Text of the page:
TechUnconfirmed reports claim Ukrainians deploying new kamikaze drone: Russian propaganda or real threat?

Unconfirmed reports claim Ukrainians deploying new kamikaze drone: Russian propaganda or real threat?

The Russians claim that the Ukrainians have started using a new type of kamikaze drones.
The Russians claim that the Ukrainians have started using a new type of kamikaze drones.
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10:25 PM EST, February 7, 2024

The Armed Forces of Ukraine have not officially responded to the reports of a new breed of kamikaze drones. However, it's well-known that Ukraine has been developing unmanned aircraft capable of striking targets in Russia for quite some time.

Appearance of Ukrainian Drones in Russia

Ukrainian aviation expert Anatolii Khrapchynskyi acknowledged in a WP Tech interview at the end of January that over 300 firms in Ukraine are involved in manufacturing drones, with varying propulsion systems, combat payload capacities, and ranges. Some of these drones can reportedly travel more than 620 miles (approximately 1000 km), virtually undetectable to the enemy.

As per Defense Blog, the alleged new kamikaze drone that supposedly made it to Russia features a black exterior, a jet engine, and a fragmentation warhead. The report points to the German-manufactured P400-PRO engine and its flying-wing design. Little is known about its specifications, target, or potential victims. Consequently, these Telegram reports could potentially be part of Russian propaganda.

We've reported numerous times that Ukraine possesses several unmanned aerial vehicles capable of reaching Russian soil, provided they can evade air defense systems. This includes the UJ-22 "Airborne" drones, among others. These multi-purpose unmanned aerial systems can operate 24/7, unaffected by prevalent weather conditions. The Ukrainian company UKRJET, its creators, asserts that the drone can conduct surveillance, search, and rescue tasks on behalf of the military, police, and rescue services.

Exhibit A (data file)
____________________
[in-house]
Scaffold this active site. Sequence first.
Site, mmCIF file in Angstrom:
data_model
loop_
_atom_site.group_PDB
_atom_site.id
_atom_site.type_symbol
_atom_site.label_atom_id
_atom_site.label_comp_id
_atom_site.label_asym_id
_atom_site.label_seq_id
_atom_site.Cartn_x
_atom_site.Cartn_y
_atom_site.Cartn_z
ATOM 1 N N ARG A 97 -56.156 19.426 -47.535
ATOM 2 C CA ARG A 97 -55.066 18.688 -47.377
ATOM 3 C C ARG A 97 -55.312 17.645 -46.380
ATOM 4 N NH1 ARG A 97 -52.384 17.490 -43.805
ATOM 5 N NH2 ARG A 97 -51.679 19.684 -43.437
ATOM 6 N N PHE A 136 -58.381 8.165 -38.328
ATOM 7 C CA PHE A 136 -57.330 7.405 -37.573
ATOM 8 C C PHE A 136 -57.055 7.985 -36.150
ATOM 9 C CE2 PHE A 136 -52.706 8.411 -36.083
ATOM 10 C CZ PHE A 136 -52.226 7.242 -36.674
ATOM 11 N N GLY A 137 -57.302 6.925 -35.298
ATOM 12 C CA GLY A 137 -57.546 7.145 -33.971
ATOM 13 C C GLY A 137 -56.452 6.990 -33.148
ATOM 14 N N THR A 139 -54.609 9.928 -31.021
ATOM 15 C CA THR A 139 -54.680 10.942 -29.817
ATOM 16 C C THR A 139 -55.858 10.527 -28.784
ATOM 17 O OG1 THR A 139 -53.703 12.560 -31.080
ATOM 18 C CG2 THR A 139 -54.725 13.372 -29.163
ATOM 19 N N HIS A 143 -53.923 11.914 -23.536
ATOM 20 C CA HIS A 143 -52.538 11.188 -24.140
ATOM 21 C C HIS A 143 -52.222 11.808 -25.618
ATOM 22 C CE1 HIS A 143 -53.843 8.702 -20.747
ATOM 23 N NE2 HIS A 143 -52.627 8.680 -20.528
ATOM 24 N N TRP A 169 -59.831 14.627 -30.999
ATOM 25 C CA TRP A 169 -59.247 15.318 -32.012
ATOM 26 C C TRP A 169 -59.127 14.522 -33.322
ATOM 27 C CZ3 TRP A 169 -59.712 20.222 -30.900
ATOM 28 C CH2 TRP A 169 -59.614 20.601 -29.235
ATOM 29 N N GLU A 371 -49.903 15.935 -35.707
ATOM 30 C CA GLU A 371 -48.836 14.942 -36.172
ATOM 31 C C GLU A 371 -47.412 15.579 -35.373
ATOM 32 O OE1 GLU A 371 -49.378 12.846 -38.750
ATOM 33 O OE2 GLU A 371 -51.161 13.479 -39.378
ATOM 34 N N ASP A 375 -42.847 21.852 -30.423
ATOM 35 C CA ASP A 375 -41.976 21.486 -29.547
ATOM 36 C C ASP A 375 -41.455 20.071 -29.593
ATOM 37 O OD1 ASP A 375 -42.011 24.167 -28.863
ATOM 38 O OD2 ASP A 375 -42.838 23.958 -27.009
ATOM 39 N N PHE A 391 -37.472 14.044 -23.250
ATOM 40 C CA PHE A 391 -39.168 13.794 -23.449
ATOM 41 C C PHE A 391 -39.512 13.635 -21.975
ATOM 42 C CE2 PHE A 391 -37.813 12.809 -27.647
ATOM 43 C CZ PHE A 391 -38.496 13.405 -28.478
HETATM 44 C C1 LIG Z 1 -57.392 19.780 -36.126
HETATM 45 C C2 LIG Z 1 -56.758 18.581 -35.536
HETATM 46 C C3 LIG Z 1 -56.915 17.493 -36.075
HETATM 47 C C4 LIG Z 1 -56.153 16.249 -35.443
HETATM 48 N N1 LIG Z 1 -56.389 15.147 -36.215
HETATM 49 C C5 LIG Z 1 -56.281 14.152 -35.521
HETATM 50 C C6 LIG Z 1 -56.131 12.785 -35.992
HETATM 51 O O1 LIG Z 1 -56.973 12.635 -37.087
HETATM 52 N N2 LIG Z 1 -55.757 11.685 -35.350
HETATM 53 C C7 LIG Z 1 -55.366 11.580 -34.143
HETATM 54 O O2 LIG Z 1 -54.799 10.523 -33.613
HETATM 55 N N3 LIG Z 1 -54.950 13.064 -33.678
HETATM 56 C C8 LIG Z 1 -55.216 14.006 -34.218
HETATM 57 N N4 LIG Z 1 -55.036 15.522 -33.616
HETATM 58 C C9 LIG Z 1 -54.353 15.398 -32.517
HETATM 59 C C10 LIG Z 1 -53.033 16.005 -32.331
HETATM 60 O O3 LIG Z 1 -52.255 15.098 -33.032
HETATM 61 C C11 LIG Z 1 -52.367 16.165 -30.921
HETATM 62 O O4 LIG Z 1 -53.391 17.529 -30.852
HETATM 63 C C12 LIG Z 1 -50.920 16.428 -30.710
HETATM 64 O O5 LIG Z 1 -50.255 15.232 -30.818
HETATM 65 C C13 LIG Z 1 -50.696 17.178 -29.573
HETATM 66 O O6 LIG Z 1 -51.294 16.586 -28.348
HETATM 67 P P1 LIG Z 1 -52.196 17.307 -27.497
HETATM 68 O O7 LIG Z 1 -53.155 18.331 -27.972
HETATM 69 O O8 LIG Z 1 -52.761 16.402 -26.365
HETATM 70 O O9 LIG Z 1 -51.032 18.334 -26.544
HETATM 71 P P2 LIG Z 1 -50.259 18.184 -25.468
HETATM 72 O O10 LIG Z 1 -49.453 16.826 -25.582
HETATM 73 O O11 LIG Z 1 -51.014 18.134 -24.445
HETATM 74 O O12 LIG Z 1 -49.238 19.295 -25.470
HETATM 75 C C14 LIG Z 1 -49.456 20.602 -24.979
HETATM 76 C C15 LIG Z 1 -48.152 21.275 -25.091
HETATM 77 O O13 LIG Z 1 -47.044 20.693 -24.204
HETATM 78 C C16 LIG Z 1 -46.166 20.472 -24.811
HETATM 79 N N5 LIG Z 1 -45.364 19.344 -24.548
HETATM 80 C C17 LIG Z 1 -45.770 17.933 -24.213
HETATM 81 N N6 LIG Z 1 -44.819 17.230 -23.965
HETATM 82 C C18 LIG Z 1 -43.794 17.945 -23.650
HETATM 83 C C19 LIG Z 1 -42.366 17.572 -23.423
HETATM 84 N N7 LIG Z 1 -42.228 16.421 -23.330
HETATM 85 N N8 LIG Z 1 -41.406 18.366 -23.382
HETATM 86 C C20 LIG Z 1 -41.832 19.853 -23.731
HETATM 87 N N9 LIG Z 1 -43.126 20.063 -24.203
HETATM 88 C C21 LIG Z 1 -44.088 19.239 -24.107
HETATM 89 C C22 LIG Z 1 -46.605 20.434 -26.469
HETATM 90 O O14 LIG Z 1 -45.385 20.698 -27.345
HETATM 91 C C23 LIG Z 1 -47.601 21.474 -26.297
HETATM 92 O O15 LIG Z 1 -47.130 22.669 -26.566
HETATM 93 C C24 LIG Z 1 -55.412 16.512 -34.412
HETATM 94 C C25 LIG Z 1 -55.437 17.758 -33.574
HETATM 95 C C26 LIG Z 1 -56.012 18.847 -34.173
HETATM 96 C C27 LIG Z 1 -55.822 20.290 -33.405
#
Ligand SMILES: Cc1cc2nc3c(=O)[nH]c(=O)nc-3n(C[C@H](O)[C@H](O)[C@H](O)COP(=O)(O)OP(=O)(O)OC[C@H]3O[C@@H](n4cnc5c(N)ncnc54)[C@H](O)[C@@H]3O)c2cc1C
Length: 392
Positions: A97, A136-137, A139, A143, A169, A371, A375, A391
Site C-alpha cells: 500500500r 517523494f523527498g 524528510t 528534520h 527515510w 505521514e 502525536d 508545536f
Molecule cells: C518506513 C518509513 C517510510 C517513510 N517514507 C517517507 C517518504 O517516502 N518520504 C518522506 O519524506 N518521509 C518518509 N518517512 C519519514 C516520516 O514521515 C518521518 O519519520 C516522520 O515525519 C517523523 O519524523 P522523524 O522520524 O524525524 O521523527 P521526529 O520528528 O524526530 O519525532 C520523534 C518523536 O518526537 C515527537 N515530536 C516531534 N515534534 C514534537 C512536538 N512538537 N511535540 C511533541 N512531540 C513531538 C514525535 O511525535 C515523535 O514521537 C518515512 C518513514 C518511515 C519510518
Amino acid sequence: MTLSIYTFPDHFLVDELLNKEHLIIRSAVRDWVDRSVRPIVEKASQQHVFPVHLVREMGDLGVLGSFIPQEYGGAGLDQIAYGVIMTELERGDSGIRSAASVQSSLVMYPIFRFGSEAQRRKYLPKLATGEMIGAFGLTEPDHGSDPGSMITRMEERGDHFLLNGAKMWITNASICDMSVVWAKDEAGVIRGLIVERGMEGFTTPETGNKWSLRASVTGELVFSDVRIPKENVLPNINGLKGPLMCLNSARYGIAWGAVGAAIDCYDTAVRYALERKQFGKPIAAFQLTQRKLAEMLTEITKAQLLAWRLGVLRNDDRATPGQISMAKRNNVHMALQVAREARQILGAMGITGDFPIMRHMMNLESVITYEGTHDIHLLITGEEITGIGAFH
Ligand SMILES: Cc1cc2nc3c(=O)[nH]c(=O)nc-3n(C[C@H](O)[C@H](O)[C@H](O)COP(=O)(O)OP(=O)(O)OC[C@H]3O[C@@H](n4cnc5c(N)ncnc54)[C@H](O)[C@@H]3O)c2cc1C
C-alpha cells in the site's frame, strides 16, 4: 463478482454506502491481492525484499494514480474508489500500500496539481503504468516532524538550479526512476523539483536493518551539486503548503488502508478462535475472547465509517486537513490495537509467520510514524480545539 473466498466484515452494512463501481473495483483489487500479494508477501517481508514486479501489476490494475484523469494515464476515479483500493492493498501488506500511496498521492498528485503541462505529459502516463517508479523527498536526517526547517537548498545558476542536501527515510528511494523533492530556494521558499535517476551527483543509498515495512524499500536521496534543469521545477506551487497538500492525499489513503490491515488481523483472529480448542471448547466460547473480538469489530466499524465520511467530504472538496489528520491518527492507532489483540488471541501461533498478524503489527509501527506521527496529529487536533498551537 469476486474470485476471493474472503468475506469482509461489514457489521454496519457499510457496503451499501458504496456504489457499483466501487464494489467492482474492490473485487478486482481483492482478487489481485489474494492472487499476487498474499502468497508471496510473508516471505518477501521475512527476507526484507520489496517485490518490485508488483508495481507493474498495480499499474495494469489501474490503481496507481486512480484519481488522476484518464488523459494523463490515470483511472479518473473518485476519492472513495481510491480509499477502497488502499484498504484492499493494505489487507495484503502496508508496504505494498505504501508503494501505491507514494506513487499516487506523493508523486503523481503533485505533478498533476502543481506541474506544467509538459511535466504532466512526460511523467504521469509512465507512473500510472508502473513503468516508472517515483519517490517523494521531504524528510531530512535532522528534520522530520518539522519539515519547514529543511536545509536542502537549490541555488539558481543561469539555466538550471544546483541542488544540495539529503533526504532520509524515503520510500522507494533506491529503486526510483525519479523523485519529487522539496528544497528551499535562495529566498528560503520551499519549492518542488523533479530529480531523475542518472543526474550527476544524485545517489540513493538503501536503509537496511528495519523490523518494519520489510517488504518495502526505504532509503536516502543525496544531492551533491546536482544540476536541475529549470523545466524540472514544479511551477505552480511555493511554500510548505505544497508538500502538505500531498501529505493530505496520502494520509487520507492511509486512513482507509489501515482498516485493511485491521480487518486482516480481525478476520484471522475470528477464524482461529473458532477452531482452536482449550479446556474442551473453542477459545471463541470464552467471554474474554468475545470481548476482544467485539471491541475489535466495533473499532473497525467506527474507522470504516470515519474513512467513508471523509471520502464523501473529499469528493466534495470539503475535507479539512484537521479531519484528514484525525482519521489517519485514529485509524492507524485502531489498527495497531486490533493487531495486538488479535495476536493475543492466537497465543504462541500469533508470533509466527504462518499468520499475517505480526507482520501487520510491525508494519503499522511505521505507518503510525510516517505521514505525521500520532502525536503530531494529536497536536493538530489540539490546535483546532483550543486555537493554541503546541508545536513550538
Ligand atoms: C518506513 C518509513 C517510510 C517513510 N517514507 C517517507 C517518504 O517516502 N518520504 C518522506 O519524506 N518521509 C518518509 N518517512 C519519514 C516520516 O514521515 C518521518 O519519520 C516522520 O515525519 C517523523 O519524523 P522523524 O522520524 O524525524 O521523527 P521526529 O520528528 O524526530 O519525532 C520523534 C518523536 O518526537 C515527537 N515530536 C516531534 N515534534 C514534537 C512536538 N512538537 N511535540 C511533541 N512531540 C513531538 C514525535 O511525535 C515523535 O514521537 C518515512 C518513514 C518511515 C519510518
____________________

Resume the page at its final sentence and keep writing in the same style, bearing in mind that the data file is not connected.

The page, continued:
The UJ-22 "Airborne" can hit a maximum speed of 99 mph (approximately 160 km/h), and its controlled flight range is 62 miles (approximately 100 km), and autonomous up to 497 miles (approximately 800 km). UKRJET states that the drone can continuously operate for 7 hours and can function under extreme temperatures ranging from -40°C (-40°F) up to 50°C (122°F). It's designed to carry payloads weighing up to 44 lbs (approximately 20 kg).

Other noteworthy drones include the "Beaver" kamikaze drones, which are classified as loitering ammunition with a range of up to 620 miles (approximately 1000 km). In July 2023, there were reports that the "Beavers" had reached Moscow. Their exact specifics are currently unknown, but drones of this type likely have the capability of traveling at speeds around 93 to 124 mph (approximately 150-200 km/h). Their design allows for rapid alterations in flight altitude to dodge enemy air defenses, which might explain their ability to penetrate deep into Russia.

"Rubaka" drones potentially pose a significant threat to Russia as well. These drones have a slightly shorter range of approximately 311 miles (about 500 km). As we've reported before, according to Defense Express, these drones can transport an explosive payload weighing from 2 to as much as 15 kg (approximately 4.4 to 33 lbs). Depending on the type of payload used, the weight is sufficient for the precision strike of a kamikaze drone to destroy, for instance, Russian artillery or cause causalities.

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